There’s never been a better time for marketers to prove their worth to an organization. Nearly every social media tool provides comprehensive usage analytics. Google Analytics provides free statistics on website activity. It’s easy for marketers to track the effectiveness of even a single blog post and provide supporting data segmented in myriad ways. The challenge is to correlate activity to the intended results. It’s critical to scrub the information to find:

  • What channels are referring the most people?
  • What content is actually being digested?
  • What causes readers to respond to your call to action?

Sarah Mitchell (@globalcopywrite)


In our research with IDC, over 90% of executives now require quantified proof of bottom-line impact on key investments, and use ROI more often than not to prove that the investments are generating the expected value to the organization. So if you want to assure that your content marketing efforts get the proper budget and attention they deserve, communicating the value in ROI terms is best.

However, even though the formula for ROI is not a difficult one to calculate by dividing the net benefits of a project by the total investment, the ability to measure and quantify the benefits in tangible terms is often a challenge.

To quantify the benefits, the team will need to track not just downloads or readership/reach of the content, but the impact that the content has on the sales process. Some questions the team will need to answer to quantify the benefits include:

  • How many of the downloads / views converted into qualified leads and most importantly into sales revenue?
  • How much did the content help to accelerate the sales cycle / decision-making process, bringing more sales revenue sooner?
  • How many leads were generated more efficiently using content marketing programs versus other programs (cost avoidance)?

 

Compare the content marketing costs, including all of the costs for content development, collaboration and management, promotion and distribution, to these quantified benefits.

- Tom Pisello (@tpisello)


Effectiveness must first be measured by how frequently you produce content and how each content nugget aligns with your content and SEO keyword strategies.  For instance, if you are only producing one post per week, chances are you will never see significant interest or customer engagement on your company blog.  The results in traffic, subscriptions and conversion will come after you’ve proven your consistency to your audience.  Providing a consistent resource for your audience is what keeps them coming back and will reap benefits for your company over the long term.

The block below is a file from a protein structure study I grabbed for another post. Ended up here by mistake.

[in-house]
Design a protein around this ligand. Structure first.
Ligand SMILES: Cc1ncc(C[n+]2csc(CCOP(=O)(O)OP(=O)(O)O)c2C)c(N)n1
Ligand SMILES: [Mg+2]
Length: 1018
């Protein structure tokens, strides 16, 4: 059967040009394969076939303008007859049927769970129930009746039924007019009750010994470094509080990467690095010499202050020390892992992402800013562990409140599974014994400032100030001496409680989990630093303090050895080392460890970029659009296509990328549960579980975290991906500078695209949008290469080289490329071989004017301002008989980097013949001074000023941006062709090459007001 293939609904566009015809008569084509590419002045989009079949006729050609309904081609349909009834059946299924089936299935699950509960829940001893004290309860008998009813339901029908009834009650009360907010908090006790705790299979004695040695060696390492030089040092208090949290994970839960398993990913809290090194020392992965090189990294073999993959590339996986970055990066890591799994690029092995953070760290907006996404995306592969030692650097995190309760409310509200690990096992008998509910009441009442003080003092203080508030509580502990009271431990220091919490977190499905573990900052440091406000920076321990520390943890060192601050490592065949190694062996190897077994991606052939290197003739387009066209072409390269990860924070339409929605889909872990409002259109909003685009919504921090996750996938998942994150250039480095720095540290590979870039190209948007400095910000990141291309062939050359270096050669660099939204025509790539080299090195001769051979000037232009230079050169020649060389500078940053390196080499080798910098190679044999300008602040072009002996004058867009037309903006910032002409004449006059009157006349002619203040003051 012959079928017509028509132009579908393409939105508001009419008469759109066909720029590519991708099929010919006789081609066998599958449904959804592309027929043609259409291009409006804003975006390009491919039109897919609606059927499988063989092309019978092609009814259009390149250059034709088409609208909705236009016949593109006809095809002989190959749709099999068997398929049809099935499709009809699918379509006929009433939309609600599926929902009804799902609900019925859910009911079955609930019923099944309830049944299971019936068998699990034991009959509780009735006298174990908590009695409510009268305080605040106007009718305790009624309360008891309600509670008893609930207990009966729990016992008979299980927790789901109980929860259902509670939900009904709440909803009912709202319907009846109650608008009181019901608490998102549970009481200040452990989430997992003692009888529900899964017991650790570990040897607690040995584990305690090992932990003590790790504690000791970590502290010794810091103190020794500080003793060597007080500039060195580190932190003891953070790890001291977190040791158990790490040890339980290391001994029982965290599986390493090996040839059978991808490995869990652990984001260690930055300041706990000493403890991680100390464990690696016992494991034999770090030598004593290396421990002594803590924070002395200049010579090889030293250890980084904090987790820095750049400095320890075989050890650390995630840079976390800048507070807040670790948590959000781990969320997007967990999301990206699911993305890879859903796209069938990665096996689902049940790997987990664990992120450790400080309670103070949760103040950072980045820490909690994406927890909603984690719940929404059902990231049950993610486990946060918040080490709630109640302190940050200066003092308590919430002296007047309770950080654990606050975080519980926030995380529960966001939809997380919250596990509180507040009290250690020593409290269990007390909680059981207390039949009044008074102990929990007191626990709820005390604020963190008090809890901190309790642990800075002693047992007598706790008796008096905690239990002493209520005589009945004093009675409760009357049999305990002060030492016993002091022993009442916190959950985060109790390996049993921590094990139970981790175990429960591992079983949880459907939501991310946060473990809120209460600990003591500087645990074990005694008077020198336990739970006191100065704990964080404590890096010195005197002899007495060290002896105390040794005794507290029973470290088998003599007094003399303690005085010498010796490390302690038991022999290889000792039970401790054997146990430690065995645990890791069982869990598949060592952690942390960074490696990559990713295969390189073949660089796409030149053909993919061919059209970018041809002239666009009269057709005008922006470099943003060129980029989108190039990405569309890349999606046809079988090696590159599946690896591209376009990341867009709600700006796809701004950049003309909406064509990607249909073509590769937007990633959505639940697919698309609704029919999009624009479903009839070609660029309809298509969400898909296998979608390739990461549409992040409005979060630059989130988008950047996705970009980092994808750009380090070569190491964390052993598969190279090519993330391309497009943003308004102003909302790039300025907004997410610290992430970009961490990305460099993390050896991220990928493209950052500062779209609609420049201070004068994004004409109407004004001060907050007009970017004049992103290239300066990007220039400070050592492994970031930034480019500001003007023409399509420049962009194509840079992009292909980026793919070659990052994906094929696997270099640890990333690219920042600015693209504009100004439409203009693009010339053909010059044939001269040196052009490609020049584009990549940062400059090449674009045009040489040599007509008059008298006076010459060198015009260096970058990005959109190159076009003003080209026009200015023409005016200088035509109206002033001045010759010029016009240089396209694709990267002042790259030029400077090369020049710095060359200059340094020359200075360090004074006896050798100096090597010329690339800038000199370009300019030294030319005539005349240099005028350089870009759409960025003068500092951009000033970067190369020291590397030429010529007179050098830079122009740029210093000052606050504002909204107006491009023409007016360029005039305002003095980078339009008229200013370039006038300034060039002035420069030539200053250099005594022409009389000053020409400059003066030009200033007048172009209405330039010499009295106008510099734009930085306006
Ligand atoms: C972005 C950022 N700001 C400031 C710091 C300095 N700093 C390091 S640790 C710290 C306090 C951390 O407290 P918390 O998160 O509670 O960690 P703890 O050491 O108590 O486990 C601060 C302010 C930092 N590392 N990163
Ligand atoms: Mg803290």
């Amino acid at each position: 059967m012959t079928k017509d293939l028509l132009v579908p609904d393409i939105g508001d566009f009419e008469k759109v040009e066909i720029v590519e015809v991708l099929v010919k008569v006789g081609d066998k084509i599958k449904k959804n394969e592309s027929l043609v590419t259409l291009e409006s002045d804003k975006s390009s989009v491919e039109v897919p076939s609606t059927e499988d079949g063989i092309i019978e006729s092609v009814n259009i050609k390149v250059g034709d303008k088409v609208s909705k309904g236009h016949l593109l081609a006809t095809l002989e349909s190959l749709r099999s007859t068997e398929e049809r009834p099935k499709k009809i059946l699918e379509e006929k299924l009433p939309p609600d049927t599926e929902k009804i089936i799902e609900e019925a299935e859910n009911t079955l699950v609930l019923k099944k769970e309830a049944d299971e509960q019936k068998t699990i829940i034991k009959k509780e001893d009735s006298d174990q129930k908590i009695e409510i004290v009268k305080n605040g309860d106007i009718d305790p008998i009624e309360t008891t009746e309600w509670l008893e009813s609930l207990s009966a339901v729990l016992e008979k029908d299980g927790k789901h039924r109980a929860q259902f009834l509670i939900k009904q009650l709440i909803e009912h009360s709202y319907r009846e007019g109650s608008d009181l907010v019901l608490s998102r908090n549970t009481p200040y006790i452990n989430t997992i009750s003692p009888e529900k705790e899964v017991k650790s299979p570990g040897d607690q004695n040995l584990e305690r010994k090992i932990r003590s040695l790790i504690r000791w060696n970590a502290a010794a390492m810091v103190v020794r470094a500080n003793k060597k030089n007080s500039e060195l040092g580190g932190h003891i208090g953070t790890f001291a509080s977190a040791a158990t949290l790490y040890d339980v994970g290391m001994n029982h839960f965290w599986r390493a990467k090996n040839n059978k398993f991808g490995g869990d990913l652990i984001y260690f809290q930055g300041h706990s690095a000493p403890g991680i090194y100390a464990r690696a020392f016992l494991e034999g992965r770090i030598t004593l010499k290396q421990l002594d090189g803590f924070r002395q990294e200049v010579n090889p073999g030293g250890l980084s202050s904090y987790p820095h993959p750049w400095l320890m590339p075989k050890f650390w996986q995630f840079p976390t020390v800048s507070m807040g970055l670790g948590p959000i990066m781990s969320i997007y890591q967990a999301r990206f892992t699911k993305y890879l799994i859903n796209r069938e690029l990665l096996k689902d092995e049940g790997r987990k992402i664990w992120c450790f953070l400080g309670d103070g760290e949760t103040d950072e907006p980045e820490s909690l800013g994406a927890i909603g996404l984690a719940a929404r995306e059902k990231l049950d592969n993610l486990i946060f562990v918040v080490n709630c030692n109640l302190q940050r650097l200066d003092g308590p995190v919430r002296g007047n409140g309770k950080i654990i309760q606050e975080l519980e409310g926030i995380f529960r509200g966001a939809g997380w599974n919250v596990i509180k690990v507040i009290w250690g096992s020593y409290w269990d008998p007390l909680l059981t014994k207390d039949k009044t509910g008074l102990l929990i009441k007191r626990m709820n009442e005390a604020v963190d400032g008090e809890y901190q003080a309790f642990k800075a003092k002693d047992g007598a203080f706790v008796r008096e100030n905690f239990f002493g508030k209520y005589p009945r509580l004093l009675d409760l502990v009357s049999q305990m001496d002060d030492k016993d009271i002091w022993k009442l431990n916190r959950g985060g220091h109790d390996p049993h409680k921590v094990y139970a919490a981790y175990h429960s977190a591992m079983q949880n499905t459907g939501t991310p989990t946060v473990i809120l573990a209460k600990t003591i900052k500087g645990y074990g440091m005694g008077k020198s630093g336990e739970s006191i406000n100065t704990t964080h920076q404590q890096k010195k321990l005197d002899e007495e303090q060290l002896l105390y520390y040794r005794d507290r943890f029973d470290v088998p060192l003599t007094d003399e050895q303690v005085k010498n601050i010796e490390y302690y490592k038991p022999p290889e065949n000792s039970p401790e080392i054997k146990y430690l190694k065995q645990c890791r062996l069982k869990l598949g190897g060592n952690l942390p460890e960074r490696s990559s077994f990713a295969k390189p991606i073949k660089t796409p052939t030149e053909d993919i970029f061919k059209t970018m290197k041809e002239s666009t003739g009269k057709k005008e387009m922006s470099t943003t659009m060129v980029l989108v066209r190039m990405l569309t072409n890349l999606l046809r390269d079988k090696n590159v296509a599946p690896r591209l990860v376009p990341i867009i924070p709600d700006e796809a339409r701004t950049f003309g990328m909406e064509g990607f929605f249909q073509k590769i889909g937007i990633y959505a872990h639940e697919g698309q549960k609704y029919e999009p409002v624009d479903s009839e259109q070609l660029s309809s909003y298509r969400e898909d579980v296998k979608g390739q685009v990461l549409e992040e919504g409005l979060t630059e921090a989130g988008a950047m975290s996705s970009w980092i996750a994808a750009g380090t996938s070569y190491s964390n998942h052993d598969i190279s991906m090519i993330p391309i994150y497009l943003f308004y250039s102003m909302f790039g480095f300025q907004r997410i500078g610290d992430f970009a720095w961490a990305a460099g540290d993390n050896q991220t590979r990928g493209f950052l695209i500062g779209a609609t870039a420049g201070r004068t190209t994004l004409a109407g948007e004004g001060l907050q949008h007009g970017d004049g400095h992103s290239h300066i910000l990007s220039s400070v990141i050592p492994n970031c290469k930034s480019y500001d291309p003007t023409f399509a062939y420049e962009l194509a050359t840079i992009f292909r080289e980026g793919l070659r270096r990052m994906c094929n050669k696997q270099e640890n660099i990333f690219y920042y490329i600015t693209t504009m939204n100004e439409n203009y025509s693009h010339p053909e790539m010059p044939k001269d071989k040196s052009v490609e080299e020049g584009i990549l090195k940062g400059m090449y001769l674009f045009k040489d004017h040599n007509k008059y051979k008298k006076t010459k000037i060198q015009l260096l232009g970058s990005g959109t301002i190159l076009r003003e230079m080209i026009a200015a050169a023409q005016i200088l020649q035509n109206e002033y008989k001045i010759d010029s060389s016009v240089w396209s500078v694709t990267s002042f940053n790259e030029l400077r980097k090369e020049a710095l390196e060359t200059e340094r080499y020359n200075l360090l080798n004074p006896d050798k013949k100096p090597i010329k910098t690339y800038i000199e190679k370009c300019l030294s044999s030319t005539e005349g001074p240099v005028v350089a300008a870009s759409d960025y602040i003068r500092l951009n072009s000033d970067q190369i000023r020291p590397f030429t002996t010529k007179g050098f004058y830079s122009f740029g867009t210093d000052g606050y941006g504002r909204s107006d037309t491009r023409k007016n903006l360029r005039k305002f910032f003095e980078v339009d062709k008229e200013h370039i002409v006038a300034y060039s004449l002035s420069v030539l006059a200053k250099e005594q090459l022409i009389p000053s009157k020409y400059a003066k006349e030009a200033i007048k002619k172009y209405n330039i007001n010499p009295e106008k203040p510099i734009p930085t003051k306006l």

Nate Riggs (@nateriggs)


I have just one tip here, but it’s a doozy:  Google analytics are wonderful, but I can pretty much assure you that no one on your senior management team has a clue how to read them.  I have been frustrated countless times by having a stack of Google charts printed off and dumped on my desk as the “web marketing report.”  Avoid this at all costs if you are interested in making your content marketing efforts understood and appreciated.  Here’s how:

1.  Be sure to select meaningful metrics and meaningful time periods. Present them (even re-format them, if necessary) so they are simple and sensible to your audience.

2.  Define all terms -- it may be second nature to you, but to different people “bounce” can mean anything from an email going astray to a fabric softener.

3.  Go beyond the stats and interpret them: answer the ‘so what’ question that your audience is asking.  Where results are above or below what you would expect, provide some analysis as to why (always nice to trace an increase in site visits to a specific content marketing campaign; similarly, show how a decrease might be due to a holiday or a decision to cut back from monthly to bi-monthly eNewsletters).

4.  Be transparent — your page hits increased, but so did your bounce rate?  Explain how the two data points are related, and what you’re going to do to tweak your approach to counter it. Then, next month (or quarter), revisit the same stats to show how what you did had an impact.

5.    Establish a straightforward but consistent format for telling your  story that suits your audience’s preferences. Maybe it’s PowerPoint; maybe it’s a spreadsheet; maybe it’s a text-based report with an executive summary delivered verbally.  Take the time to build a template that will let you tell your story the same way (even though the data change) each month or quarter, and show how you’re progressing over time.